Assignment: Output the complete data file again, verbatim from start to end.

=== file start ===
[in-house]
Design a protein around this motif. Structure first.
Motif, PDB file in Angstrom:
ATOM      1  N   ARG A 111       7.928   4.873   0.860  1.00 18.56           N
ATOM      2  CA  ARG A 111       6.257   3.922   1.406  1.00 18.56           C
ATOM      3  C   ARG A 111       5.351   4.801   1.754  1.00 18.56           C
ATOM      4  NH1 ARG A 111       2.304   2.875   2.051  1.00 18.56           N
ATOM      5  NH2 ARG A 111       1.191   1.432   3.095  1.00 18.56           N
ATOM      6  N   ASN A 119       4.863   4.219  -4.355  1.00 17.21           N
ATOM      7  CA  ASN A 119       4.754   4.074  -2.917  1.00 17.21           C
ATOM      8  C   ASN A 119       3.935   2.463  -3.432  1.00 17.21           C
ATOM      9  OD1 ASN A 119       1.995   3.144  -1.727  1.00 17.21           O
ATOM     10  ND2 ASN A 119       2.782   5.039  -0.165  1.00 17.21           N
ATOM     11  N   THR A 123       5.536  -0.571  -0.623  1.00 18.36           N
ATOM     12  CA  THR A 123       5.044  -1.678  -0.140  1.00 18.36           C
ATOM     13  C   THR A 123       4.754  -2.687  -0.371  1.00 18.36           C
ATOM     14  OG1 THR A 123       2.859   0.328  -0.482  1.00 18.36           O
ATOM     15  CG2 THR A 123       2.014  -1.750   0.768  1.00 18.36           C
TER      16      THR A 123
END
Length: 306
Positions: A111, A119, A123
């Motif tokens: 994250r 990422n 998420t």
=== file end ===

[in-house]
Design a protein around this motif. Structure first.
Motif, PDB file in Angstrom:
ATOM      1  N   ARG A 111       7.928   4.873   0.860  1.00 18.56           N
ATOM      2  CA  ARG A 111       6.257   3.922   1.406  1.00 18.56           C
ATOM      3  C   ARG A 111       5.351   4.801   1.754  1.00 18.56           C
ATOM      4  NH1 ARG A 111       2.304   2.875   2.051  1.00 18.56           N
ATOM      5  NH2 ARG A 111       1.191   1.432   3.095  1.00 18.56           N
ATOM      6  N   ASN A 119       4.863   4.219  -4.355  1.00 17.21           N
ATOM      7  CA  ASN A 119       4.754   4.074  -2.917  1.00 17.21           C
ATOM      8  C   ASN A 119       3.935   2.463  -3.432  1.00 17.21           C
ATOM      9  OD1 ASN A 119       1.995   3.144  -1.727  1.00 17.21           O
ATOM     10  ND2 ASN A 119       2.782   5.039  -0.165  1.00 17.21           N
ATOM     11  N   THR A 123       5.536  -0.571  -0.623  1.00 18.36           N
ATOM     12  CA  THR A 123       5.044  -1.678  -0.140  1.00 18.36           C
ATOM     13  C   THR A 123       4.754  -2.687  -0.371  1.00 18.36           C
ATOM     14  OG1 THR A 123       2.859   0.328  -0.482  1.00 18.36           O
ATOM     15  CG2 THR A 123       2.014  -1.750   0.768  1.00 18.36           C
TER      16      THR A 123
END
Length: 306
Positions: A111, A119, A123
């Motif tokens: 994250r 990422n 998420t």